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The Andrews Labor Government is ensuring Ballarat locals experiencing the devastating impacts of gambling harm can get tailored treatment and support services with an innovative new programme being piloted in the region.
Minister for Consumer Affairs, Gaming and Liquor Regulation Melissa Horne, Member for Buninyong Michaela Settle and Member for Wendouree Juliana Addison launched the pilot, which equips allied health professions with a new way of screening patients to determine the best treatments to get them back on track.
It will increase access to, and training for, practitioners who operate within the mental health, alcohol and other drugs sectors and are treating people vulnerable to gambling harm.
Following feedback from Gambler’s Help service funded through the Victorian Responsible Gambling Foundation, the programme has been developed to improve pathways for people seeking treatment for co-existing conditions, such as a mental health issue in addition to gambling harm.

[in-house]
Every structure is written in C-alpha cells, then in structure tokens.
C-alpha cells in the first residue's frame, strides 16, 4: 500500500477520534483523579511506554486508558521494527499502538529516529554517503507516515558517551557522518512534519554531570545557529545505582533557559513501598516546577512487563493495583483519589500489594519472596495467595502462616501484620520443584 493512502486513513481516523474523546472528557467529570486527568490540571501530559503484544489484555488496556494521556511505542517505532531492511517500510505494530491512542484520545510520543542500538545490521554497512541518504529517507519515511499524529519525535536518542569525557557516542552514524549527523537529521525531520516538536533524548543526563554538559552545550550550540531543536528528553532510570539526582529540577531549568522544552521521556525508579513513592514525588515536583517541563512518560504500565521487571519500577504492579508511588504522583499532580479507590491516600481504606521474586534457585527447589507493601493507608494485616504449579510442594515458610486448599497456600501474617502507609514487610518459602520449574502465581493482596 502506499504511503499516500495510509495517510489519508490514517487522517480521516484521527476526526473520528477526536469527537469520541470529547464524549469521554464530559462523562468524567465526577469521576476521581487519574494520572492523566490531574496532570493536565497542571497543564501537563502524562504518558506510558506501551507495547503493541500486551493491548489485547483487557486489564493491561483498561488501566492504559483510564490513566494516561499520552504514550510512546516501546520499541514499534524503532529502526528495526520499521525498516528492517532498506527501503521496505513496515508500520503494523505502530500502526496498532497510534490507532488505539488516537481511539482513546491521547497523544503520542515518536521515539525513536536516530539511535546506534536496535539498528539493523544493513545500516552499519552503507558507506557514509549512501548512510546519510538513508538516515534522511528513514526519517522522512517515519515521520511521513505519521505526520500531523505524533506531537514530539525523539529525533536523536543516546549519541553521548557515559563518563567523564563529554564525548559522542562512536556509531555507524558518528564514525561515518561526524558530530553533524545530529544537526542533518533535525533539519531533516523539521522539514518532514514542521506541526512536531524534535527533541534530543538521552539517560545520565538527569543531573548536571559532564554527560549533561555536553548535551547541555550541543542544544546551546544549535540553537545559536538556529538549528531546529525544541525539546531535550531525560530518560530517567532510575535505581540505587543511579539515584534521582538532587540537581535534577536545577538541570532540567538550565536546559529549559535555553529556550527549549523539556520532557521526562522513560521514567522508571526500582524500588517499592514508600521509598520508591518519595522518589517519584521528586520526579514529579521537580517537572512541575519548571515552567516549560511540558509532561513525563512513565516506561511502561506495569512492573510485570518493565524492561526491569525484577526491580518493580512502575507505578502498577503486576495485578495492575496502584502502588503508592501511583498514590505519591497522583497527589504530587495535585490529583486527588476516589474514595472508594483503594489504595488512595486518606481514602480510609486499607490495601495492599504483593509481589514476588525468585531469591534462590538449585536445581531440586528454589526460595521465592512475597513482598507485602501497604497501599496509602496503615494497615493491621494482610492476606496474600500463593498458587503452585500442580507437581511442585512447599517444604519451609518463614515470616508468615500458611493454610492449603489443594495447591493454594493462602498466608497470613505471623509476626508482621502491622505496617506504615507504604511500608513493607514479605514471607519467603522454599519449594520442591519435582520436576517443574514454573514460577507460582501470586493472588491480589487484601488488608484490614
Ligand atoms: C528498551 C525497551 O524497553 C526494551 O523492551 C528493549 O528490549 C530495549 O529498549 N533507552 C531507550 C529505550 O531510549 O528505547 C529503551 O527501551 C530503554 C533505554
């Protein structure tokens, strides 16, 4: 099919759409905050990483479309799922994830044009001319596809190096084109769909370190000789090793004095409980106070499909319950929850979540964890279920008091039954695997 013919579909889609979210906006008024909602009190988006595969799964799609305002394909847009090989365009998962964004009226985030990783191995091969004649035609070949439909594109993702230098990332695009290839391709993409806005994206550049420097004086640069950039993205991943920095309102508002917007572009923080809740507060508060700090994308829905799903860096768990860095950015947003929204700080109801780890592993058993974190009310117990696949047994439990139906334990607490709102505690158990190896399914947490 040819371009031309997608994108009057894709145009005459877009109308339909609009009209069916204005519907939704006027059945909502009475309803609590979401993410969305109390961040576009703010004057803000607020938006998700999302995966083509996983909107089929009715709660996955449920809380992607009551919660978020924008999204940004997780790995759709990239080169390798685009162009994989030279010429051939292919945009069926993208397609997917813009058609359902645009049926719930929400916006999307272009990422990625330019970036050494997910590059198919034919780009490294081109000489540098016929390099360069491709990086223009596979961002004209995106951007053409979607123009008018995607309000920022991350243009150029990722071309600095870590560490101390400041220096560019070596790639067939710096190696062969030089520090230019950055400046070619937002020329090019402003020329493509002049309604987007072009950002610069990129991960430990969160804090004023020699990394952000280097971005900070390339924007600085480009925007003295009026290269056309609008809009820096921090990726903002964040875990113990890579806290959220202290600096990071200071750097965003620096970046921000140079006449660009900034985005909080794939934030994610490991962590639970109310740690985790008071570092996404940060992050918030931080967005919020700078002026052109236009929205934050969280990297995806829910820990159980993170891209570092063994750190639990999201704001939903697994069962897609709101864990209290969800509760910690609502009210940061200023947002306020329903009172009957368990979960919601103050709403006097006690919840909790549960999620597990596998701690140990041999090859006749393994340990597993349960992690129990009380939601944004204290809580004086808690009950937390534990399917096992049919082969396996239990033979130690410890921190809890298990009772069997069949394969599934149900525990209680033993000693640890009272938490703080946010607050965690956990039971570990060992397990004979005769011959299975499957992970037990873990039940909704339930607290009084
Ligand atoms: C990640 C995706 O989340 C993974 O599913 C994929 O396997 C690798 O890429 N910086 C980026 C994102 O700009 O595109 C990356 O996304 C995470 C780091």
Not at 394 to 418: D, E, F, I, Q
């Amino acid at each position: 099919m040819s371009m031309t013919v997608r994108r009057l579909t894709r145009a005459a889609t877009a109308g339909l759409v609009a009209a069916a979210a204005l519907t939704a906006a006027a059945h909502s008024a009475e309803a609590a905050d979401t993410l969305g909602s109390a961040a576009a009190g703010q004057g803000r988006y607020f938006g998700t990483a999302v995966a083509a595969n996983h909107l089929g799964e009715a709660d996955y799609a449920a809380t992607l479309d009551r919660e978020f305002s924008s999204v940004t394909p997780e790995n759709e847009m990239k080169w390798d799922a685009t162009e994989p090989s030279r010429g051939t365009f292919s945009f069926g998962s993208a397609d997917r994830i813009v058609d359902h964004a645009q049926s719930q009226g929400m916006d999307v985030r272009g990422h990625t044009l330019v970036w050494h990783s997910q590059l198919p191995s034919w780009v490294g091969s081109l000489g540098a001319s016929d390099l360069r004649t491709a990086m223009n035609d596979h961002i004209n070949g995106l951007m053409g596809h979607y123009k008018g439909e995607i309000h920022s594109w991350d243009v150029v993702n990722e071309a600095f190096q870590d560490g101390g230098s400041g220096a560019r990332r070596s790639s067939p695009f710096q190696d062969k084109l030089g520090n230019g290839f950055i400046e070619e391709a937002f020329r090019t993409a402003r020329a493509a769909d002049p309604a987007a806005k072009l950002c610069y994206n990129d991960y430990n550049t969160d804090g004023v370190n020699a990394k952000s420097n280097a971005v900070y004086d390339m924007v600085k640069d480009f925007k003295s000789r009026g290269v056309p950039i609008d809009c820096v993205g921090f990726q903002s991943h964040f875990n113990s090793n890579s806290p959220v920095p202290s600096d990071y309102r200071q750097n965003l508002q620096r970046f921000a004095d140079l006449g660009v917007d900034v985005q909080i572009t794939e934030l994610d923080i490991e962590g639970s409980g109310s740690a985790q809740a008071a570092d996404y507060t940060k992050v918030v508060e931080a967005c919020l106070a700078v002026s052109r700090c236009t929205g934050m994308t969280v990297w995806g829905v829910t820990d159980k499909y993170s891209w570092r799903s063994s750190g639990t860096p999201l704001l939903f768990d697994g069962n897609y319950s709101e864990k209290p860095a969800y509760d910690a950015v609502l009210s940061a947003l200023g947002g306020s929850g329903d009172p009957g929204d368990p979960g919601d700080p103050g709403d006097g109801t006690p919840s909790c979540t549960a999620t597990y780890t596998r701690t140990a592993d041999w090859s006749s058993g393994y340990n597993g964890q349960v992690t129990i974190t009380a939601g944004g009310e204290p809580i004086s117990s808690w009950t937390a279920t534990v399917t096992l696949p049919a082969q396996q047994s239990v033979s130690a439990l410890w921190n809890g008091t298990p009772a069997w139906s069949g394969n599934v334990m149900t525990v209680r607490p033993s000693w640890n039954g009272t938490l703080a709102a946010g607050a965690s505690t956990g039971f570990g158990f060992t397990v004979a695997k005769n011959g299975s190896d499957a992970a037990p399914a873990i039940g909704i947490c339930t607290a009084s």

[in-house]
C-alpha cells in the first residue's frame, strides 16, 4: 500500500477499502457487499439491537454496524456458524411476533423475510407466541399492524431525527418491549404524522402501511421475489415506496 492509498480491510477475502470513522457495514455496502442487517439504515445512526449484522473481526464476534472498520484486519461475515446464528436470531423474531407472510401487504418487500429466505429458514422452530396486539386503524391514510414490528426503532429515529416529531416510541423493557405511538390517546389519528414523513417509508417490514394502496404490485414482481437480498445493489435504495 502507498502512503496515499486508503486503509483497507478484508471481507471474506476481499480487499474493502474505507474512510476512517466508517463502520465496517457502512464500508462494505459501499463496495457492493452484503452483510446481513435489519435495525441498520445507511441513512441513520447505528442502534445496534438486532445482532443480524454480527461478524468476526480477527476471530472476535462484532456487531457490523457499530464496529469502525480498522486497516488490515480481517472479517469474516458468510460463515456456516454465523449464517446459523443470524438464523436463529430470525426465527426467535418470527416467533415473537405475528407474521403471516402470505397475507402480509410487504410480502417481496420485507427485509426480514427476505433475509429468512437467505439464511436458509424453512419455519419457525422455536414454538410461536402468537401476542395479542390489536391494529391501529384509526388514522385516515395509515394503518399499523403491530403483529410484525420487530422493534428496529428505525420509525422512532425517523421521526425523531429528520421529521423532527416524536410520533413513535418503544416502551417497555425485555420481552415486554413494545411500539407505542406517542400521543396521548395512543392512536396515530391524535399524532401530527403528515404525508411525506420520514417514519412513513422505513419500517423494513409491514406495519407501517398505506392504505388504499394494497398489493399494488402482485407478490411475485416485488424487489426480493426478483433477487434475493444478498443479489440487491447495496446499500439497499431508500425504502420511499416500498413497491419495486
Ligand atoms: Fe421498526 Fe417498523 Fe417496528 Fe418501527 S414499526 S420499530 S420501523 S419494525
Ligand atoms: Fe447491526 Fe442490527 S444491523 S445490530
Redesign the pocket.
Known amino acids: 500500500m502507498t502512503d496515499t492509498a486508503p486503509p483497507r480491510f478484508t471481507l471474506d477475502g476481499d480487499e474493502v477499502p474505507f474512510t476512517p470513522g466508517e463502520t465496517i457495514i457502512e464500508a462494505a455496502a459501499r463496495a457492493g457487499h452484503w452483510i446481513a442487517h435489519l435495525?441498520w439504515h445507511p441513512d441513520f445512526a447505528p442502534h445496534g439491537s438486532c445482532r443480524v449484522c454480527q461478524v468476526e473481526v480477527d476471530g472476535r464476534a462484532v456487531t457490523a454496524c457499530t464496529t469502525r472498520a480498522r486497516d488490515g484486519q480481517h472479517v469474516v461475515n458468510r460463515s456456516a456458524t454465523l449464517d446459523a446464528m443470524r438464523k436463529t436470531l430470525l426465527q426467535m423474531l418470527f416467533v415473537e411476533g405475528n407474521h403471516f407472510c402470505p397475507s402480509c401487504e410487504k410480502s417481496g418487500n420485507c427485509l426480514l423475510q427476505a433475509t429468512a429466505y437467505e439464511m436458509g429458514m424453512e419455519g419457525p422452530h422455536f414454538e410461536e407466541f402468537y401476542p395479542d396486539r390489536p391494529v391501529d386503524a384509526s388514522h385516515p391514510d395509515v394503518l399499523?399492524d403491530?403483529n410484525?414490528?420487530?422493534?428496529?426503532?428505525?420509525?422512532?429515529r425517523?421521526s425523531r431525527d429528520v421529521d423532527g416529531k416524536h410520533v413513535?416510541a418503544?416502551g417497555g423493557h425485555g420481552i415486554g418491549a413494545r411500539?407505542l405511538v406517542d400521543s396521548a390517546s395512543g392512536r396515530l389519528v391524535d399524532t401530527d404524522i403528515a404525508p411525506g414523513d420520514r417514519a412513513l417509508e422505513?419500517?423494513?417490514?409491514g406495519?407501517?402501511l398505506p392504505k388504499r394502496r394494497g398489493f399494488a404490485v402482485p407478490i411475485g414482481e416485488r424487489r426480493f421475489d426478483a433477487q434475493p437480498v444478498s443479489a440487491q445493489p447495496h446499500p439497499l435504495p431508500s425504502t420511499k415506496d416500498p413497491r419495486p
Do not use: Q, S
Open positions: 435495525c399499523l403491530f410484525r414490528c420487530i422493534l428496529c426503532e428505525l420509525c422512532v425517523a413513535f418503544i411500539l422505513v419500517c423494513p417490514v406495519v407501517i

It starts with a simple question by a health practitioner to their client about whether they gamble and progresses through the appropriate pathway for each person from there.
The pilot programme will increase awareness of gambling harm among healthcare professions and remove barriers faced by people seeking help – such as stigma.
The trial uses the latest evidence to improve outcomes for the Ballarat community, with the lessons to inform future programmes across the state.
The training will be led by clinical consultant Dr Jane Oakes and the Foundation’s Principal Clinical Advisor, Tony Clarkson and provided to practitioners at Ballarat Community Health, Child and Family Services and the Salvation Army Health Services.